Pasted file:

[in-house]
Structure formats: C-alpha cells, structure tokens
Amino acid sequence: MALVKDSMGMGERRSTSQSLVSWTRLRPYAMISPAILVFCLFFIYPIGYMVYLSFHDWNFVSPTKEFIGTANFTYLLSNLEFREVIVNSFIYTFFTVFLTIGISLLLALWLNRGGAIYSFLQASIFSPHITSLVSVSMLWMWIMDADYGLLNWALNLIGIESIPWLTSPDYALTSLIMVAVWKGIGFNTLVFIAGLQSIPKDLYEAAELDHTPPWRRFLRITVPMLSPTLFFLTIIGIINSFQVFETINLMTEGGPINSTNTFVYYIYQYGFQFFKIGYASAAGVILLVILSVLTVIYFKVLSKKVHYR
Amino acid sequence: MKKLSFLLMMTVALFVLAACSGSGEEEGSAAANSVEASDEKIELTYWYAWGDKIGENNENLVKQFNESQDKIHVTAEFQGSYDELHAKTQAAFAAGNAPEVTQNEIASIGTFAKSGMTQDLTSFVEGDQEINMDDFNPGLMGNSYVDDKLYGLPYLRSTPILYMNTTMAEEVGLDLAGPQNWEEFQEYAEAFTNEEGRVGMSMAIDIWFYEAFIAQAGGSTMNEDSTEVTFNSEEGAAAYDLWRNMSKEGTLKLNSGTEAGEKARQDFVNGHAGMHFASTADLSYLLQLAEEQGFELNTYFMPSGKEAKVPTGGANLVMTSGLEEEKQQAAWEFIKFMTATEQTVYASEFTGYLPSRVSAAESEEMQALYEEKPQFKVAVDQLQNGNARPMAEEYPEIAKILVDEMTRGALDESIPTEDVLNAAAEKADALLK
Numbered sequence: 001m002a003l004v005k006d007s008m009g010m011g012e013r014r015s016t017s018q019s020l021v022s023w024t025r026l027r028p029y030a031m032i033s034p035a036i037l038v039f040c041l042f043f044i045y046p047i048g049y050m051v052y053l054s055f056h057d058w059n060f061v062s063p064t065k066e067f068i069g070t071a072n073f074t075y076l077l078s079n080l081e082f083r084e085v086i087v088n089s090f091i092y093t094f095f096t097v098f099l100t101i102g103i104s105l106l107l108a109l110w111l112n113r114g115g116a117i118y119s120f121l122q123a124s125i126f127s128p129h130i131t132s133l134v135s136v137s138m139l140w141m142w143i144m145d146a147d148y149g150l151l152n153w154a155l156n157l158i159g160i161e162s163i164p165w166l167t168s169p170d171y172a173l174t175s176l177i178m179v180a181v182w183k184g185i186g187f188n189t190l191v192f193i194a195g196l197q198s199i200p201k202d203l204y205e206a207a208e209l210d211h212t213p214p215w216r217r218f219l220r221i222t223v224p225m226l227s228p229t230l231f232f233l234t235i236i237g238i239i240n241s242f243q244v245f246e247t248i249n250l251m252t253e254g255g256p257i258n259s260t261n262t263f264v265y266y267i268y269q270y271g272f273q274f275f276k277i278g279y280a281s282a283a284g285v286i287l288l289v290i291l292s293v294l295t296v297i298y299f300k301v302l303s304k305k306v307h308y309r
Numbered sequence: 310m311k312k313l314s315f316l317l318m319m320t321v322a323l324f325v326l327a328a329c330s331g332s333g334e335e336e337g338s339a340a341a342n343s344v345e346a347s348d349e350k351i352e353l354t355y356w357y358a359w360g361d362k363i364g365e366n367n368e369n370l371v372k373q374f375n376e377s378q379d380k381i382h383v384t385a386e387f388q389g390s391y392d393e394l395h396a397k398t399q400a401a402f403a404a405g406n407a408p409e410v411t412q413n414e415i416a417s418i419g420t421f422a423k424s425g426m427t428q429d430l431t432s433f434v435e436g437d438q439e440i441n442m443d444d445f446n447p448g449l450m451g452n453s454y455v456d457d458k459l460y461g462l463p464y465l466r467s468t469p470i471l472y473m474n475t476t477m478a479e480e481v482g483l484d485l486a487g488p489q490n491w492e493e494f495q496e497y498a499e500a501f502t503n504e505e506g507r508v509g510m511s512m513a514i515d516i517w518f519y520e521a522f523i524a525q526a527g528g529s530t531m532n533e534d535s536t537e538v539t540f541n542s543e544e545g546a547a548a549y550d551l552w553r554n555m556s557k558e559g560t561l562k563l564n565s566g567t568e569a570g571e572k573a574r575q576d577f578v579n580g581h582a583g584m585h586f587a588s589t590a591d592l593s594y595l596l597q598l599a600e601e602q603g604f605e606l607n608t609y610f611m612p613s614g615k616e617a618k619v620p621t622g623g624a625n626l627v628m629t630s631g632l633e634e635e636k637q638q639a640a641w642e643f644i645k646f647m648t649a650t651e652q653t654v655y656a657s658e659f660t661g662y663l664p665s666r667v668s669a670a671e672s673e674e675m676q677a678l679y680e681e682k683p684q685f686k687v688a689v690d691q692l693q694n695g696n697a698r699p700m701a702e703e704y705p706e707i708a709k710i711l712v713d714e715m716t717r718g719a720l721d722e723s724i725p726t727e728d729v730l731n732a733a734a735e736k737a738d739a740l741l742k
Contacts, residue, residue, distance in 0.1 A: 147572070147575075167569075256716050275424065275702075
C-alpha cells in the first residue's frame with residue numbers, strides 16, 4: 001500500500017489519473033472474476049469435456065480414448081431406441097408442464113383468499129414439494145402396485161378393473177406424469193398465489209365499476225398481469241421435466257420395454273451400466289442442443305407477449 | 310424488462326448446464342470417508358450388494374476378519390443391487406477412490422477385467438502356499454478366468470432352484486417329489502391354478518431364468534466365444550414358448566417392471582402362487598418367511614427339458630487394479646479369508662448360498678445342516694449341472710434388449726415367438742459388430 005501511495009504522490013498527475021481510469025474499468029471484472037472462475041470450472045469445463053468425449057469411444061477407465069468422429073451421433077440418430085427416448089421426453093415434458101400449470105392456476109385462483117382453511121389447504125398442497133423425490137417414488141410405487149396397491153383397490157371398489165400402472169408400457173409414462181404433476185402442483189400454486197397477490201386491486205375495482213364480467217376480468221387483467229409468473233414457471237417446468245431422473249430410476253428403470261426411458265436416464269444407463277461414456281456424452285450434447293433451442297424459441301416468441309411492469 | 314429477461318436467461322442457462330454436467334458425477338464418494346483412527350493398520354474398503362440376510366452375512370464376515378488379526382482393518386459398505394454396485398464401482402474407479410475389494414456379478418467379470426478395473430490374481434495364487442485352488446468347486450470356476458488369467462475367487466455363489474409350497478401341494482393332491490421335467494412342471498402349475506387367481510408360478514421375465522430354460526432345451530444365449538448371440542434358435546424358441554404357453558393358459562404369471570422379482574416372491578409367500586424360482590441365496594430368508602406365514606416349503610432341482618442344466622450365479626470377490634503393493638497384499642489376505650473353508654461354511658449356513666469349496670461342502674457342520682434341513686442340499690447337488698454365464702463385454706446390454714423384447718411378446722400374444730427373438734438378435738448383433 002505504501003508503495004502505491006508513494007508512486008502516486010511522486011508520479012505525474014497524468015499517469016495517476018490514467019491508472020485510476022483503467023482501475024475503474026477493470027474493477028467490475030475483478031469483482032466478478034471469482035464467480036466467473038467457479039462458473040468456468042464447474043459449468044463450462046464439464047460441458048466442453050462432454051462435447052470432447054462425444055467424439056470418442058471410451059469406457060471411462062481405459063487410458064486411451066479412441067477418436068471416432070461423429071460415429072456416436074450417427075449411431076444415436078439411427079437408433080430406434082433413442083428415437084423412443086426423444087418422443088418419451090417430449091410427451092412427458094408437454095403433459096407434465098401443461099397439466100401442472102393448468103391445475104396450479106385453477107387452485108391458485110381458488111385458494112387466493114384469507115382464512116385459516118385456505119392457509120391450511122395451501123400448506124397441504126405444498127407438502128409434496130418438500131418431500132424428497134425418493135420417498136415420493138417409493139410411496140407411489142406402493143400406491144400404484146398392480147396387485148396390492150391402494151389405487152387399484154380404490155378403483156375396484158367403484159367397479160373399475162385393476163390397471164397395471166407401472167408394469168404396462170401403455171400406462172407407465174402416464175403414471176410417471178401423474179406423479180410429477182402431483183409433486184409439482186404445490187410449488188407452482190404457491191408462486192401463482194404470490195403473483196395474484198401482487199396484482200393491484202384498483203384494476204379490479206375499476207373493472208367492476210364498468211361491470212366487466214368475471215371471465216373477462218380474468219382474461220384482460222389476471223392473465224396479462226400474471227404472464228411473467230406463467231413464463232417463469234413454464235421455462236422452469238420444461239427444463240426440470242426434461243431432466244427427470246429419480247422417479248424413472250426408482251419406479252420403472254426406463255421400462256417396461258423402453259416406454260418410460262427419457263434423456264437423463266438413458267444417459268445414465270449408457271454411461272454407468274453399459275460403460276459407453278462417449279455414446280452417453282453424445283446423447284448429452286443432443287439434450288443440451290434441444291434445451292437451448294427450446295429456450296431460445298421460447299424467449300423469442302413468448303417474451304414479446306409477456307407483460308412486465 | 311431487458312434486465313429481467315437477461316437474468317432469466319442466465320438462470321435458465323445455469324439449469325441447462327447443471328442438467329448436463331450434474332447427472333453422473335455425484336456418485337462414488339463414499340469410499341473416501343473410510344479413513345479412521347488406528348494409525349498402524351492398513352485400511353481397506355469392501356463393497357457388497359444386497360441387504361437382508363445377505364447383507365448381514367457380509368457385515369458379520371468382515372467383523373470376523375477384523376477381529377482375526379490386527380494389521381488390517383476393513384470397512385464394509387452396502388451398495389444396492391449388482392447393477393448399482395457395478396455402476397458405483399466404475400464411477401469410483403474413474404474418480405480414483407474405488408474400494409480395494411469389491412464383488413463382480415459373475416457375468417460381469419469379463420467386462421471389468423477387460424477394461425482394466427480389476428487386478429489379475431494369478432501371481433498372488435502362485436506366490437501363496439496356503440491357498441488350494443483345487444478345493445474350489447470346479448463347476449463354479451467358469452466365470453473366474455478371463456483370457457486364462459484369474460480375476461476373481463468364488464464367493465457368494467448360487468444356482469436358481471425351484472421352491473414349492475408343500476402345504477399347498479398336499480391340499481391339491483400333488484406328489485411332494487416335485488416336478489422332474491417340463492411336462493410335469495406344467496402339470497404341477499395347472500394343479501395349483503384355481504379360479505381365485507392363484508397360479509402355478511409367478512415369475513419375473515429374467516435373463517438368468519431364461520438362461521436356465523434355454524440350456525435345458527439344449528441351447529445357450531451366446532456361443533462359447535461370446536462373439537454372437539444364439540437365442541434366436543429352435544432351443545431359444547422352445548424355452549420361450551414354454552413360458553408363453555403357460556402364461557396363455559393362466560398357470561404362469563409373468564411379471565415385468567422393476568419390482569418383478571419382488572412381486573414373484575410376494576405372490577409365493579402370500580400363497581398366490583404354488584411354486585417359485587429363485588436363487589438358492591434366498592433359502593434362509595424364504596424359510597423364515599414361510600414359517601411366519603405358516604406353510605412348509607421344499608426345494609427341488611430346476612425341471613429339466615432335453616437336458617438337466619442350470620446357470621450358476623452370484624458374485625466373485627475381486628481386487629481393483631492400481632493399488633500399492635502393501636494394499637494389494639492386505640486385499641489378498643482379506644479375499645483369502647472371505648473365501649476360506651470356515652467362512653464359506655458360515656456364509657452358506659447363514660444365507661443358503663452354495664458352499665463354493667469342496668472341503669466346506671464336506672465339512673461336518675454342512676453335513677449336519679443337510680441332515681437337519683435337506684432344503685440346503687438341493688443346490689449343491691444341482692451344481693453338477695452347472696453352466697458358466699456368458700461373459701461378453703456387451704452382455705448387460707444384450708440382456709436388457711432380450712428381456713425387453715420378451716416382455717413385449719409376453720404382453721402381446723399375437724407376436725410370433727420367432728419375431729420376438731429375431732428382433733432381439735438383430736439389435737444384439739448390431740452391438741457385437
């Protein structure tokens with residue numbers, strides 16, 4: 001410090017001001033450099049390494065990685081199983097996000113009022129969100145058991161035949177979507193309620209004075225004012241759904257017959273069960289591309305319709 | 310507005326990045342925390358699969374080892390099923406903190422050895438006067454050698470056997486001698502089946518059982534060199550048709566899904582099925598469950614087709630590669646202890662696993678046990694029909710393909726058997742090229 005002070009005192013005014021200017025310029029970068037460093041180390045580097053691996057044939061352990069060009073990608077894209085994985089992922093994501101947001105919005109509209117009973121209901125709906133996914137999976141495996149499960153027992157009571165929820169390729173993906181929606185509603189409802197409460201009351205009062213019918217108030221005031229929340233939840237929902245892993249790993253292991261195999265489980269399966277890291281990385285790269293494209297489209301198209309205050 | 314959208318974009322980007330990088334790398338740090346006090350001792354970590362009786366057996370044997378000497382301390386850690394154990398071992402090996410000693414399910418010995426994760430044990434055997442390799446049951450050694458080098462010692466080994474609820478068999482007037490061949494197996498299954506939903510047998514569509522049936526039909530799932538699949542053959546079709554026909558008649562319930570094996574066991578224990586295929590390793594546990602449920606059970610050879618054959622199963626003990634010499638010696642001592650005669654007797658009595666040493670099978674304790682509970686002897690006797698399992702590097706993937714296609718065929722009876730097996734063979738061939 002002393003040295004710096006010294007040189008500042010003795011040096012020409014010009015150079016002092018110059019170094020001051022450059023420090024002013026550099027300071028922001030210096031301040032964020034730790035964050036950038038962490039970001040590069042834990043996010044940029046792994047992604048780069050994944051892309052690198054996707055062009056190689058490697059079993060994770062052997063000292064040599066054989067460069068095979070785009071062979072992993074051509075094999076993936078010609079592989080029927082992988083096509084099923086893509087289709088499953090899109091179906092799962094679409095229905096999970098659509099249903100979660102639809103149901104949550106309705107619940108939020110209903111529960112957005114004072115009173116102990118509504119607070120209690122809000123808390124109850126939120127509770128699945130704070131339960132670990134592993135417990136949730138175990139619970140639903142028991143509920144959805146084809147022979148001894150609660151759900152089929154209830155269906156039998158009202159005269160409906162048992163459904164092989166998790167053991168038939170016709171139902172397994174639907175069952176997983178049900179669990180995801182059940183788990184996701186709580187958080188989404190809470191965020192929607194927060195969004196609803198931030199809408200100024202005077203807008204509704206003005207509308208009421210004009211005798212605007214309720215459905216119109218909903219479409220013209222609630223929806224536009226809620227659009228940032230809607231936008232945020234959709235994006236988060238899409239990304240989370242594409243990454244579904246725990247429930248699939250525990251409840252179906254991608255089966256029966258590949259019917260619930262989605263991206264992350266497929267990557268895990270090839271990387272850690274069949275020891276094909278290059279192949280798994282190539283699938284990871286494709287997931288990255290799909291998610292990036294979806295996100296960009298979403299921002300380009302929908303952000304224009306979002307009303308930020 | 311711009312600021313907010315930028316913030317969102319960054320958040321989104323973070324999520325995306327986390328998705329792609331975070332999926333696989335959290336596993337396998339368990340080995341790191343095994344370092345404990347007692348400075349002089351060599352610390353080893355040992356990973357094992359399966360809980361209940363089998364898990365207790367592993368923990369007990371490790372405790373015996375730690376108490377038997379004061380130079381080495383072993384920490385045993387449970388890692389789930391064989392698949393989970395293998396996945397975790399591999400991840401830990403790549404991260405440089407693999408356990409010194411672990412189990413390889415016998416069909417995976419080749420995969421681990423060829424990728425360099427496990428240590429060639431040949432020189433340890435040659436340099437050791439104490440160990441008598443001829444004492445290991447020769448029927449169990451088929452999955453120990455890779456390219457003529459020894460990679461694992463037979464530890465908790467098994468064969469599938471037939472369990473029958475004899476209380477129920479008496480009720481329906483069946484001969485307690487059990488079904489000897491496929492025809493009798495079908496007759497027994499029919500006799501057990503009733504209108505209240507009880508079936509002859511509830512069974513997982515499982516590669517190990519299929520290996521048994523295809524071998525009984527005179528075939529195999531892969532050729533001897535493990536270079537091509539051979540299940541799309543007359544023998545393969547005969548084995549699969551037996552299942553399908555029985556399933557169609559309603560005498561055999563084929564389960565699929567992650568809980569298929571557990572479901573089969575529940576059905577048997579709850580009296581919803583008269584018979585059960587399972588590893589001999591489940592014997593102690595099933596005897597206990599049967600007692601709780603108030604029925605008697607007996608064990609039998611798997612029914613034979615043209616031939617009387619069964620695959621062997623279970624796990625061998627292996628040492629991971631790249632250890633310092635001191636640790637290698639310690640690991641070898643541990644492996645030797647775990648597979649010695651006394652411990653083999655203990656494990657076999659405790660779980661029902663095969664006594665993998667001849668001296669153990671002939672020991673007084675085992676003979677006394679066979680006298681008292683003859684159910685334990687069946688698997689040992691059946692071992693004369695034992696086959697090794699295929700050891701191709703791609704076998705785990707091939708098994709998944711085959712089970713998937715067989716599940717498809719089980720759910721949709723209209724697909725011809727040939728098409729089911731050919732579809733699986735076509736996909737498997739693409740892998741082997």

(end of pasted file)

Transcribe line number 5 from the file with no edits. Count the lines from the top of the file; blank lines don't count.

Numbered sequence: 001m002a003l004v005k006d007s008m009g010m011g012e013r014r015s016t017s018q019s020l021v022s023w024t025r026l027r028p029y030a031m032i033s034p035a036i037l038v039f040c041l042f043f044i045y046p047i048g049y050m051v052y053l054s055f056h057d058w059n060f061v062s063p064t065k066e067f068i069g070t071a072n073f074t075y076l077l078s079n080l081e082f083r084e085v086i087v088n089s090f091i092y093t094f095f096t097v098f099l100t101i102g103i104s105l106l107l108a109l110w111l112n113r114g115g116a117i118y119s120f121l122q123a124s125i126f127s128p129h130i131t132s133l134v135s136v137s138m139l140w141m142w143i144m145d146a147d148y149g150l151l152n153w154a155l156n157l158i159g160i161e162s163i164p165w166l167t168s169p170d171y172a173l174t175s176l177i178m179v180a181v182w183k184g185i186g187f188n189t190l191v192f193i194a195g196l197q198s199i200p201k202d203l204y205e206a207a208e209l210d211h212t213p214p215w216r217r218f219l220r221i222t223v224p225m226l227s228p229t230l231f232f233l234t235i236i237g238i239i240n241s242f243q244v245f246e247t248i249n250l251m252t253e254g255g256p257i258n259s260t261n262t263f264v265y266y267i268y269q270y271g272f273q274f275f276k277i278g279y280a281s282a283a284g285v286i287l288l289v290i291l292s293v294l295t296v297i298y299f300k301v302l303s304k305k306v307h308y309r